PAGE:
I'm a fan of recycling, and it's not about money.

Chopped plant material is disposed into the compost pile. Even old potting mix does not go to the landfill, but rather to that same pile. I often use the old peat/coir based potting soil to balance the greens and the browns, though I don't get much kitchen waste for that. I avoid attracting rats, so I would rather use peels and things that are of low nutritive value to them. Recently, I am disposing of a large amount of old (too degraded for further use) coco/perlite soil, which is equal parts coir and perlite. The perlite does not biodegrade, but its downside is the tendency of the grains to crumble and make more dust. I sift the mix to remove all the grains that are large enough for reuse. The filtered material is mostly the fine particles of degraded coir. Unfortunately, there is lots of white "sand", which is perlite that crushed to over time.

As you may have guessed, by dumping into the compost pile this potting soil with crushed perlite, perlite dust would accumulate in the garden over time. I normally sift the perlite when it is moist, so I get no dust. However, the summers are hot and dry. That means the same garden patch which was composted in the spring may release dust as I work it in the summer. Do I have to worry about that and throw away the old potting mix with perlite dust, or can I be rest assured and just dump it into the compost pile?

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    Why is dust in soil a problem? Worse than fine sand that offers no drainage? Mar 24 at 21:31

1 Answer 1


I don't think you have to worry about the perlite. It is very close to whatever is already in the soil, you are adding small amounts relative to what is already there, and the dust isn't harmful.

Perlite is just expanded volcanic glass, which is pretty close to what you would already find in your soil. Per wikipedia, perlite chemical composition:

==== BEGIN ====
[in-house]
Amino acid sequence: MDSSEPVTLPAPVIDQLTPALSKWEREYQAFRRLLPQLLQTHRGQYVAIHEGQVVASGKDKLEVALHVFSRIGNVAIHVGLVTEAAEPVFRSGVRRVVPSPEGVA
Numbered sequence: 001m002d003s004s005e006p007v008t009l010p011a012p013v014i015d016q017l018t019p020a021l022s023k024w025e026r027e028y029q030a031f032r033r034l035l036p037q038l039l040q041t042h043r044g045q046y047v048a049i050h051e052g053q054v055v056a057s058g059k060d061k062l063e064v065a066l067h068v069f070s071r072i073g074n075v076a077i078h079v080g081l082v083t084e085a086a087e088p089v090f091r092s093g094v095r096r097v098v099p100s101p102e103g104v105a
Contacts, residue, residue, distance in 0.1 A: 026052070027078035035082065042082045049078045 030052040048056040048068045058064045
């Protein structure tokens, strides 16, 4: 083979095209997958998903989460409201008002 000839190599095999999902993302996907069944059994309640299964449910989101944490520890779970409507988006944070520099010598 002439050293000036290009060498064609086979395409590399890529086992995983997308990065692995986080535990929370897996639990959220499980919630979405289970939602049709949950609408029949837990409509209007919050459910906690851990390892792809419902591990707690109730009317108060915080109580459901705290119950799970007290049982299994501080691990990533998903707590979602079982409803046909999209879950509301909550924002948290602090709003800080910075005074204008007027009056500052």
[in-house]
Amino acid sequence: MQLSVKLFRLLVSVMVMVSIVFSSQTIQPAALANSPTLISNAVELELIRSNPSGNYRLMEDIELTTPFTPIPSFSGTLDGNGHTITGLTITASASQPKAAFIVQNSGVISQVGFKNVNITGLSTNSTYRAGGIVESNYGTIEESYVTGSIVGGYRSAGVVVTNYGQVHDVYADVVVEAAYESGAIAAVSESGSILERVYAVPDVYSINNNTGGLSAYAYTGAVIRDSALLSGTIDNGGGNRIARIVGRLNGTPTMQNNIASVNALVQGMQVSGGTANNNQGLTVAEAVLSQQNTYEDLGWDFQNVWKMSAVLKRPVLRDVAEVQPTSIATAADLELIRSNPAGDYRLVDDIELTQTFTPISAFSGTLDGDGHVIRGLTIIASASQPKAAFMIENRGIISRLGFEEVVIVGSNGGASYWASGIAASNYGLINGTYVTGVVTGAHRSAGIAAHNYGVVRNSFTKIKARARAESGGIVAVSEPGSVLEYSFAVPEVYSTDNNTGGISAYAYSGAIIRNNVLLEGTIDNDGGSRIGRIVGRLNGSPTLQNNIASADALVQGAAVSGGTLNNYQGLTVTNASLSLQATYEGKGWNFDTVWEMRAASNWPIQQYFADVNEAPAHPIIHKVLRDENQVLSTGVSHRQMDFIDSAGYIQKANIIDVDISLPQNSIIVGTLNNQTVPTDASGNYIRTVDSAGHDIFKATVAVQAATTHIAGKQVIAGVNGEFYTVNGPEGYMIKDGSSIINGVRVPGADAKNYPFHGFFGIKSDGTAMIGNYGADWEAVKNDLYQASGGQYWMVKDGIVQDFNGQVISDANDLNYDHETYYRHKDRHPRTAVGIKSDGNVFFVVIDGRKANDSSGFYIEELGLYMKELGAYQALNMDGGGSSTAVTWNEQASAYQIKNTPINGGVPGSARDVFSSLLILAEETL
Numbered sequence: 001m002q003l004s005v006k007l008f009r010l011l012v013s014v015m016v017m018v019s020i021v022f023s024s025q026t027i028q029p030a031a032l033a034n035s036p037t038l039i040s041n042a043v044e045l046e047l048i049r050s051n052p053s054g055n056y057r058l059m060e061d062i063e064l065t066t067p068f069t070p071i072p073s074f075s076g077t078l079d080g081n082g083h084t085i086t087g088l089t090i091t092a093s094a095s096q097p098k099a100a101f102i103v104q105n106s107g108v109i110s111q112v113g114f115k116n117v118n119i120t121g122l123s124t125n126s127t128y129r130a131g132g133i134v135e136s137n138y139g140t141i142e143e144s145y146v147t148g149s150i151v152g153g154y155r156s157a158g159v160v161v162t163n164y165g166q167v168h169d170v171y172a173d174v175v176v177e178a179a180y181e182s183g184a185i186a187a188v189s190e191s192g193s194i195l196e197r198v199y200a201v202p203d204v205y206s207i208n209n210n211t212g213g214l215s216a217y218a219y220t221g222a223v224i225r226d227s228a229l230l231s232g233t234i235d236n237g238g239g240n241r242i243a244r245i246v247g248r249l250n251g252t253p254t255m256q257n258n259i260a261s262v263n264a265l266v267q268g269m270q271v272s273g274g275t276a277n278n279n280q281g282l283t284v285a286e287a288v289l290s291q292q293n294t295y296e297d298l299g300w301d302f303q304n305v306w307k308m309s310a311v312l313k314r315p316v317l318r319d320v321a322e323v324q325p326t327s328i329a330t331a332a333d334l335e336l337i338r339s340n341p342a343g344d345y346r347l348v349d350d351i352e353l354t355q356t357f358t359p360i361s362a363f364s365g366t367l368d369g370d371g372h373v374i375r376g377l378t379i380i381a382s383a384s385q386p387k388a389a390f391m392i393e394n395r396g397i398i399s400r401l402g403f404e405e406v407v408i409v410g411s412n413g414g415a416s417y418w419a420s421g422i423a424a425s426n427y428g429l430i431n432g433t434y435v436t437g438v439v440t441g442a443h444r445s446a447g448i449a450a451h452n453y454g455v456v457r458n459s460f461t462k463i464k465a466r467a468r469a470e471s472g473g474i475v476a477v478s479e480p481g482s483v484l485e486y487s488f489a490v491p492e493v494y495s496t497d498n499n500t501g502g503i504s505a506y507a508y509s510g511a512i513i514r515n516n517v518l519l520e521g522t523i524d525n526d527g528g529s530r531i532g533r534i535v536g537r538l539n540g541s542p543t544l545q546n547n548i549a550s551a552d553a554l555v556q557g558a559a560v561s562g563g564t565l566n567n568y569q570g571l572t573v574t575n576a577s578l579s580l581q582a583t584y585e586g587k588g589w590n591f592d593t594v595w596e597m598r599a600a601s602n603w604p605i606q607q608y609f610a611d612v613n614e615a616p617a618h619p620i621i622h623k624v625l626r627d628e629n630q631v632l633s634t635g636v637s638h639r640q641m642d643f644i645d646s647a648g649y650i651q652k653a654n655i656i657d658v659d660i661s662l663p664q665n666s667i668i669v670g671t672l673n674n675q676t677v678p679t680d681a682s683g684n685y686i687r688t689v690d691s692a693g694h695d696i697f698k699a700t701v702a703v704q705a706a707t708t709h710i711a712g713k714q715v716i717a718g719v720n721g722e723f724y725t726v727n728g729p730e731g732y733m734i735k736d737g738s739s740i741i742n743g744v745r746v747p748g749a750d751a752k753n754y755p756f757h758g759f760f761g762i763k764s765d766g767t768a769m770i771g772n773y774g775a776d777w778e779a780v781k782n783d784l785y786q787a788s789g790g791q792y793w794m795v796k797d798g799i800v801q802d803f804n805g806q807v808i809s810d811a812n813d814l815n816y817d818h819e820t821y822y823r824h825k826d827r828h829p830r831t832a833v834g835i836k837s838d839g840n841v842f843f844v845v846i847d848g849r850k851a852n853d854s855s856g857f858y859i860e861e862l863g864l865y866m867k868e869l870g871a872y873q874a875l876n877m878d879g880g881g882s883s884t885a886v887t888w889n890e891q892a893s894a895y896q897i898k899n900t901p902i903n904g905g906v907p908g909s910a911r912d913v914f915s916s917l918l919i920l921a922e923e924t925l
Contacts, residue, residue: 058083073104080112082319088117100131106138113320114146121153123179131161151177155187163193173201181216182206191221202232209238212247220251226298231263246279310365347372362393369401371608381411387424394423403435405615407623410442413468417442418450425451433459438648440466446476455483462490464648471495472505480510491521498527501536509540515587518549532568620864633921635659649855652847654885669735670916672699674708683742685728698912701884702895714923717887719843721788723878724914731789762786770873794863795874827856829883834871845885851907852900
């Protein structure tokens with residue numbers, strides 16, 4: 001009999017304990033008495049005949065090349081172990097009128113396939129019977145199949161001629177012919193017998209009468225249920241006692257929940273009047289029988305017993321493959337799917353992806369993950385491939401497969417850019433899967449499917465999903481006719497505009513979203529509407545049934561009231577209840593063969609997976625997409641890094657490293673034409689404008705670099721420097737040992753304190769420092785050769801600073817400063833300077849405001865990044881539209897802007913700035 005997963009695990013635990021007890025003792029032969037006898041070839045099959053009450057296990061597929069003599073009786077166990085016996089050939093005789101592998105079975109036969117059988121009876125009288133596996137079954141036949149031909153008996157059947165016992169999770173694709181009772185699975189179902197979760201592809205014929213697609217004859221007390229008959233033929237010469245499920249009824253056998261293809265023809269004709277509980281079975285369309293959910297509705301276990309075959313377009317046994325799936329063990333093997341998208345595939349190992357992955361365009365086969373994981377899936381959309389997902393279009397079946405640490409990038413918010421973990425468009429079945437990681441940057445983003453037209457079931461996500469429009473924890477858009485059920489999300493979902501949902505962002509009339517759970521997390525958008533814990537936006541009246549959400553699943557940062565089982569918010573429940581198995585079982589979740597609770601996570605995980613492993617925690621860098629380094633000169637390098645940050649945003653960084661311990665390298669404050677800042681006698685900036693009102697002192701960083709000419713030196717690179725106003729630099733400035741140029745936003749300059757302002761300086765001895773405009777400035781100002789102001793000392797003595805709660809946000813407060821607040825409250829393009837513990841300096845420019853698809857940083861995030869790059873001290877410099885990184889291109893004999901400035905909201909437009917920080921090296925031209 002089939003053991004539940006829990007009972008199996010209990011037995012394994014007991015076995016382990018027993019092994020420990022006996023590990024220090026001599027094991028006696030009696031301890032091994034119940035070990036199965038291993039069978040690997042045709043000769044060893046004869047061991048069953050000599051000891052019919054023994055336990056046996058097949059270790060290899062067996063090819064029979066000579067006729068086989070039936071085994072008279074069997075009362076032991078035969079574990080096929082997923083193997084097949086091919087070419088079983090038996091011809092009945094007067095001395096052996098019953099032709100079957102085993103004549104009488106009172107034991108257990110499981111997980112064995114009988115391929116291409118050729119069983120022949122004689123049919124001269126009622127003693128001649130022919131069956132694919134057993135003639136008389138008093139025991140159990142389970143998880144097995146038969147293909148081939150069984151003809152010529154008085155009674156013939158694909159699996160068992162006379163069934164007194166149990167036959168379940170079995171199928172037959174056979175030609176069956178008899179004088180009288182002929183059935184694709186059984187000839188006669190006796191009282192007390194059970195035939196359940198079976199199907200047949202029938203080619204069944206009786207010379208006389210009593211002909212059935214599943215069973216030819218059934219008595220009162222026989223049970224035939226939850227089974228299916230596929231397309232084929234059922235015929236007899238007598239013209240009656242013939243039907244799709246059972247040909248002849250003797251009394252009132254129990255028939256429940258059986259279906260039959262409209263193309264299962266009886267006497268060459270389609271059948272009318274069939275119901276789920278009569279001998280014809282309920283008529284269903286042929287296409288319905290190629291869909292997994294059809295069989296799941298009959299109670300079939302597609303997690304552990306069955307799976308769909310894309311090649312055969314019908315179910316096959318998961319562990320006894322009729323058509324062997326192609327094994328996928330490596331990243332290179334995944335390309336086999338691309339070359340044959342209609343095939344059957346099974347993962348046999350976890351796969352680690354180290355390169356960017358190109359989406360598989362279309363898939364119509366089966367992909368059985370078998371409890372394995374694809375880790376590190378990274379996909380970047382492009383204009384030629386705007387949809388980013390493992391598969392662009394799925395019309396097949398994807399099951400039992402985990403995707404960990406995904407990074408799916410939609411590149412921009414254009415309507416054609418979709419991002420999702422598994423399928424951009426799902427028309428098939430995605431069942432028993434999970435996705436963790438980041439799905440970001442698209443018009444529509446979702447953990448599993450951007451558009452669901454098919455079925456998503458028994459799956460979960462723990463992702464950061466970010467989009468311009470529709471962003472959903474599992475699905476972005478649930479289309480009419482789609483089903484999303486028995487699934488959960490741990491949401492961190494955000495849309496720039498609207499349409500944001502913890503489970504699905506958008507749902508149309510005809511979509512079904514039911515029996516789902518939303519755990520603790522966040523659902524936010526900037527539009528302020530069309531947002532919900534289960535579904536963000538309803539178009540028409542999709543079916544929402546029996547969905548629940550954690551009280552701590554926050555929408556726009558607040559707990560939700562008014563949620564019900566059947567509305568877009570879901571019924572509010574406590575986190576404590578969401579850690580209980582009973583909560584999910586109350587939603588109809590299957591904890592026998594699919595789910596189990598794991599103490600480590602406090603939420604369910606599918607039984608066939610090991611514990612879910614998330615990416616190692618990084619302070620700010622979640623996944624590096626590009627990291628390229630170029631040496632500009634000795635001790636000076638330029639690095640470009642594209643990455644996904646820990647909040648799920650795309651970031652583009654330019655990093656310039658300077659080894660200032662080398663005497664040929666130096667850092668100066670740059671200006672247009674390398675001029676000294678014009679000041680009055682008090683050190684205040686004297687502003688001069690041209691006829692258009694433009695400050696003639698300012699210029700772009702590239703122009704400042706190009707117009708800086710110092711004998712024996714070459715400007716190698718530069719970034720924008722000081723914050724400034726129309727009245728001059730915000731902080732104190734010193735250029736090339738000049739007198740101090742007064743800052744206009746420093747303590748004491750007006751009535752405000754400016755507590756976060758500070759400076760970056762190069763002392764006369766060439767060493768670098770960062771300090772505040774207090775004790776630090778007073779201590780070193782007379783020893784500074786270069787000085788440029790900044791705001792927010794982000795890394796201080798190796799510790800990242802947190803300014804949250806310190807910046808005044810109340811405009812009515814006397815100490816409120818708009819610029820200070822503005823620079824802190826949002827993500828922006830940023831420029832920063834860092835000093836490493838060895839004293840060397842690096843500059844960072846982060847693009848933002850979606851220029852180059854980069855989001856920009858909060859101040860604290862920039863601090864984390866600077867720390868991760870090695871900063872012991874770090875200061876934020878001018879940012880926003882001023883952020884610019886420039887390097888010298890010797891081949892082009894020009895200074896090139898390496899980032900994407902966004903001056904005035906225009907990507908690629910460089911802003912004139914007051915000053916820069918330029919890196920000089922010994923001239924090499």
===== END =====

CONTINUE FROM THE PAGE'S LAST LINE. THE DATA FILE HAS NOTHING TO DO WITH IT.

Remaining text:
Chemical Formula Name % of Perlite
SiO2 Silicon Dioxide 70–75
Al2O3 Aluminium Oxide 12–15
Na2O Sodium Oxide 3–4
K2O Potassium Oxide 3–5
Fe2O3 Iron Oxide 0.5-2
MgO Magnesium Oxide 0.2–0.7
CaO Calcium Oxide 0.5–1.5
other Organic/Water 3-5

As it breaks into smaller pieces, it integrates into the mineral content of the soil that's already there. And the perlite you add is not as much as it seems, perlite density is 30–150 kg/m3, 3-15% the density of water... that's really not much!

Regarding the dust's effects on humans, Midwest Perlite Inc. offers a material data sheet that makes it sound pretty darn inert.

OSHA has classified Perlite as a Particulate Not Otherwise Regulated (PNOR), which has the same Permissible Exposure Limit (PEL) as that used for nuisance and inert dusts. Although there are no published reports of adverse health effects from exposure to Perlite dust, dust levels should be maintained below the OSHA PEL for PNORs and respirators should be used when airborne dust is present, Excessive inhalation over long periods of time may cause harmful irritation.

I put all of my used potting mix through the compost pile, the same as you do. I don't even screen out the larger perlite, it becomes regular soil eventually.

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    Thanks. I'm actually reusing the larger grains, which means I buy less perlite Mar 25 at 19:07

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